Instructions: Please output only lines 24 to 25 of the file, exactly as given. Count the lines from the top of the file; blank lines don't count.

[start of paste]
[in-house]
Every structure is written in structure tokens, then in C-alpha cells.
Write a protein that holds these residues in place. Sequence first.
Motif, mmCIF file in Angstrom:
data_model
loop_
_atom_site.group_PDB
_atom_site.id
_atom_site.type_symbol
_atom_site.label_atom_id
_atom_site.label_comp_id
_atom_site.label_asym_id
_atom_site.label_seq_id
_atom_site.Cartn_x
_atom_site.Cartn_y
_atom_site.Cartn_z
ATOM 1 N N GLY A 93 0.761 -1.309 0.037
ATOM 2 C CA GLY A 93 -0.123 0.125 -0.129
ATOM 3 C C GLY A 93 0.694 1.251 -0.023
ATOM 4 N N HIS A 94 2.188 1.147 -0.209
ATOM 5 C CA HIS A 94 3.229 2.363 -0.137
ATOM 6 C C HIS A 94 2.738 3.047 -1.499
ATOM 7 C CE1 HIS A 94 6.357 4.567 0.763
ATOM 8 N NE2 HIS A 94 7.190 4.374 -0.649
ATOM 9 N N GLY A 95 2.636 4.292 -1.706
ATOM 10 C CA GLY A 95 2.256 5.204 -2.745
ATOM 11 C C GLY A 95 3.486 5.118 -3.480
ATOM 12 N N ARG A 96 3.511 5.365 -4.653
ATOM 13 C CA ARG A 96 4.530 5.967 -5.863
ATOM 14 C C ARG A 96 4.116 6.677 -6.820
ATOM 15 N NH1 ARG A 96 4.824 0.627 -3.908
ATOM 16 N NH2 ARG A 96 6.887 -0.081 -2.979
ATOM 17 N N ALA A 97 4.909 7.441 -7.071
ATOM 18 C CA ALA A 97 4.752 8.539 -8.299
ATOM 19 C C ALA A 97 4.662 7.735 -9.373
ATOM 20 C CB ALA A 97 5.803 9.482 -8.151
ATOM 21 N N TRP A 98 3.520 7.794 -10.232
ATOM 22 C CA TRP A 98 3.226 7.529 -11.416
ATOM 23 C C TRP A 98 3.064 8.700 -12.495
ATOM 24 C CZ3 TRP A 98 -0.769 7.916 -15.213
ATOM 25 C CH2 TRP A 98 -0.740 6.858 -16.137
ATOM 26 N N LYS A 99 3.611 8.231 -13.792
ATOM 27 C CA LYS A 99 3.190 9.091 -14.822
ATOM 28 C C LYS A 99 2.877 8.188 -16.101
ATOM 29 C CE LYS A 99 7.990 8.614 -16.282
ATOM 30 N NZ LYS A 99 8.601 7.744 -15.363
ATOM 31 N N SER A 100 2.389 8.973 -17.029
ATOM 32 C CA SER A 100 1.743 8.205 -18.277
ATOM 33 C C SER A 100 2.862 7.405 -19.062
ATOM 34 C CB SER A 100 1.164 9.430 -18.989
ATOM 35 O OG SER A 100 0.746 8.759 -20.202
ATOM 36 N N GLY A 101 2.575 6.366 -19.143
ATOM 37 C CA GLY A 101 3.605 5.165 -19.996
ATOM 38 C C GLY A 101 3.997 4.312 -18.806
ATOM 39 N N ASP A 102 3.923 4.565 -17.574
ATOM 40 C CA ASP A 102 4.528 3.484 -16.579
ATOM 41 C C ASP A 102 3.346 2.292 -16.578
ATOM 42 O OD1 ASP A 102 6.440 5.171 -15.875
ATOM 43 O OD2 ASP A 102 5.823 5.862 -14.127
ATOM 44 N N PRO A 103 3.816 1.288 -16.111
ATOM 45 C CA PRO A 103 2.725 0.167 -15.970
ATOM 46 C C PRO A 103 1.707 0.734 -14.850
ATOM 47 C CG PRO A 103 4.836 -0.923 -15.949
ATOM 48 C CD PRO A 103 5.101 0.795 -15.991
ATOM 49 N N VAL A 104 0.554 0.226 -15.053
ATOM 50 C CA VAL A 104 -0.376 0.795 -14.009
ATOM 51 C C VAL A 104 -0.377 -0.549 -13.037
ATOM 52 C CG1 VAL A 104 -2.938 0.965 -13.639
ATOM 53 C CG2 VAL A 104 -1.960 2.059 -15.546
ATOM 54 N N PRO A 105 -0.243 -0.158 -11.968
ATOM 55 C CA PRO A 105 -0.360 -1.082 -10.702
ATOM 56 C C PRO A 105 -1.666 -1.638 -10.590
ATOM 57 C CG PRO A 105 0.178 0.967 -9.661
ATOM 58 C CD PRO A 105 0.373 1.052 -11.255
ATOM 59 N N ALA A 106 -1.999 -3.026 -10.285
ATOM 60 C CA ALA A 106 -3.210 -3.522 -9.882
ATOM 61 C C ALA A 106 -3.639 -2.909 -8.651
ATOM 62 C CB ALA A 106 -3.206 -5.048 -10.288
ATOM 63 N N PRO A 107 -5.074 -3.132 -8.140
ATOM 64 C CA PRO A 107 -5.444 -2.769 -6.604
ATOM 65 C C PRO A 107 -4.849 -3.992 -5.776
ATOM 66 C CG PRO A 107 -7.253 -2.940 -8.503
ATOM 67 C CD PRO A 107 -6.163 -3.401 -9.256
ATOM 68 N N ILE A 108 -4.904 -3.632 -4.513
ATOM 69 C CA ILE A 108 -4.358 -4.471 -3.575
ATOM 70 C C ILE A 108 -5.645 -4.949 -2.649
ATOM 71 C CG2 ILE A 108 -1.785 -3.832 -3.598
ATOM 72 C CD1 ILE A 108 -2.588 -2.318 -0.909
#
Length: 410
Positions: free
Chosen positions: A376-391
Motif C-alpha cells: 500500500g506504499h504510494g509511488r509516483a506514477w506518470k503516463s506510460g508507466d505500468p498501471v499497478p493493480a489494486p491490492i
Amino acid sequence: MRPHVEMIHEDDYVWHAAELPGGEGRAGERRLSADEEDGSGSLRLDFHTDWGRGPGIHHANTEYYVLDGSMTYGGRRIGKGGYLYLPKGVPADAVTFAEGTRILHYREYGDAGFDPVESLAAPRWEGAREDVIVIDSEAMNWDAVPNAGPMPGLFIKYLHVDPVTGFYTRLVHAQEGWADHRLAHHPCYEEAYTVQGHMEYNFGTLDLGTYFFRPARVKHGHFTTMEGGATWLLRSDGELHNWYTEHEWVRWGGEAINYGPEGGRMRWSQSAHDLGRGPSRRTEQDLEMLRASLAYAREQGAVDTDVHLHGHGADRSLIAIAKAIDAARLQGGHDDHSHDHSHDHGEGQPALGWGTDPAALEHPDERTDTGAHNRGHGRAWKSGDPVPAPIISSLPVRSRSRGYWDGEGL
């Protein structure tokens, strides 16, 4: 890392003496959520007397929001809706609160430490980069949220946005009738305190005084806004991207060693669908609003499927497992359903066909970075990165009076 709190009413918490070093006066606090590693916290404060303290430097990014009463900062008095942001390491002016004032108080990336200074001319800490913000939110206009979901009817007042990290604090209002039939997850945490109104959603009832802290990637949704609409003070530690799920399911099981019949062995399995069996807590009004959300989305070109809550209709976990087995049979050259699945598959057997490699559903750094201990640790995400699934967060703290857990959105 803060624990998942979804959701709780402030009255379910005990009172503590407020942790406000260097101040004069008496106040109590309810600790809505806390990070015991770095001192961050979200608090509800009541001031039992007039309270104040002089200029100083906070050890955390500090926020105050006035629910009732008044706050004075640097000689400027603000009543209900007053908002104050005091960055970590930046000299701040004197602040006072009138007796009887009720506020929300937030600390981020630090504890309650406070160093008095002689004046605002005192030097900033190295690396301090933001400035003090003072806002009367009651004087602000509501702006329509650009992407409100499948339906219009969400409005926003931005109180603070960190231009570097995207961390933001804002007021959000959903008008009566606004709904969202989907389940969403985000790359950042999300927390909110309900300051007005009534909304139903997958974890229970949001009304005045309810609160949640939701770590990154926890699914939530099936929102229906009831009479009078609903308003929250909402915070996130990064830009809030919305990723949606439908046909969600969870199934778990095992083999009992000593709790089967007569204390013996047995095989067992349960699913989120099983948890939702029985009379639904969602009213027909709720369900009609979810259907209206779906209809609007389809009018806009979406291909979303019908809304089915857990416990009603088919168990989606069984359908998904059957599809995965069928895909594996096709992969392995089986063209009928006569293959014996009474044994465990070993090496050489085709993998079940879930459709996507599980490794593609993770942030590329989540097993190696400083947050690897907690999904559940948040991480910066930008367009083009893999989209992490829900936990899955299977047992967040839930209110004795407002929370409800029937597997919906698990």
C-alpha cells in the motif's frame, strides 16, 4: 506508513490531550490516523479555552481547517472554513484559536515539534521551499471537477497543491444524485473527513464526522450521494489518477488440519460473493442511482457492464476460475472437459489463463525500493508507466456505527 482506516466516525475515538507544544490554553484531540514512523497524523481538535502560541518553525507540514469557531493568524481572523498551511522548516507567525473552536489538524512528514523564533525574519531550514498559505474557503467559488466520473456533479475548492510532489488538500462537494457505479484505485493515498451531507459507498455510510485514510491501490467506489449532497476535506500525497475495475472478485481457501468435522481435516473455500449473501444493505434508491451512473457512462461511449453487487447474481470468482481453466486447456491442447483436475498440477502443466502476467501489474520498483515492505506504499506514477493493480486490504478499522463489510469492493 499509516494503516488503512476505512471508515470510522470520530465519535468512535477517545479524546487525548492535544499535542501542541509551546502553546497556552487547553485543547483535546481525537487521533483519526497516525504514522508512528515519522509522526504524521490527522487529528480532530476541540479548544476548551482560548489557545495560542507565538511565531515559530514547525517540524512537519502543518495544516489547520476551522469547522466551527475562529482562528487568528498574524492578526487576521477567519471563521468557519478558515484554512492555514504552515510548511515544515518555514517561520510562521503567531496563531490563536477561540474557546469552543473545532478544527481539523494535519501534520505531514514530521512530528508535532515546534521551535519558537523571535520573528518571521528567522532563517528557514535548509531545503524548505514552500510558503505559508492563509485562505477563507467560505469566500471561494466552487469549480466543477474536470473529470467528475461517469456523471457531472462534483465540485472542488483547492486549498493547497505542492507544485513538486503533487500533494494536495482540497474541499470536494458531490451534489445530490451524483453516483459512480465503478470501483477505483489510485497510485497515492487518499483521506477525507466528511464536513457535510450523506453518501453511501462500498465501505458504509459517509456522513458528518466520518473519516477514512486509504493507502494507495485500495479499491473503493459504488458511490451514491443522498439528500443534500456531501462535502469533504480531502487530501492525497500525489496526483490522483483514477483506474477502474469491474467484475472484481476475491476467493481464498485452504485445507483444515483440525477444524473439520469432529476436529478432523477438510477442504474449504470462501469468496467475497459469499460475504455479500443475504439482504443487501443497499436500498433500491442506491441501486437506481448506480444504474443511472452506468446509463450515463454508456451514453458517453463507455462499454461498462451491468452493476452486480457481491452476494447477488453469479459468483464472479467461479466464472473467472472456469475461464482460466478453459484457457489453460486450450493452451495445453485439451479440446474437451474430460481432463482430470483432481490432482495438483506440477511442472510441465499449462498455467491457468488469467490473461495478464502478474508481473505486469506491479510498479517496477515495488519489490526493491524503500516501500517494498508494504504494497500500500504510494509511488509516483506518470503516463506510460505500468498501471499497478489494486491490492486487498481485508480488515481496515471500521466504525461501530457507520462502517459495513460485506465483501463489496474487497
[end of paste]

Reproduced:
ATOM 8 N NE2 HIS A 94 7.190 4.374 -0.649
ATOM 9 N N GLY A 95 2.636 4.292 -1.706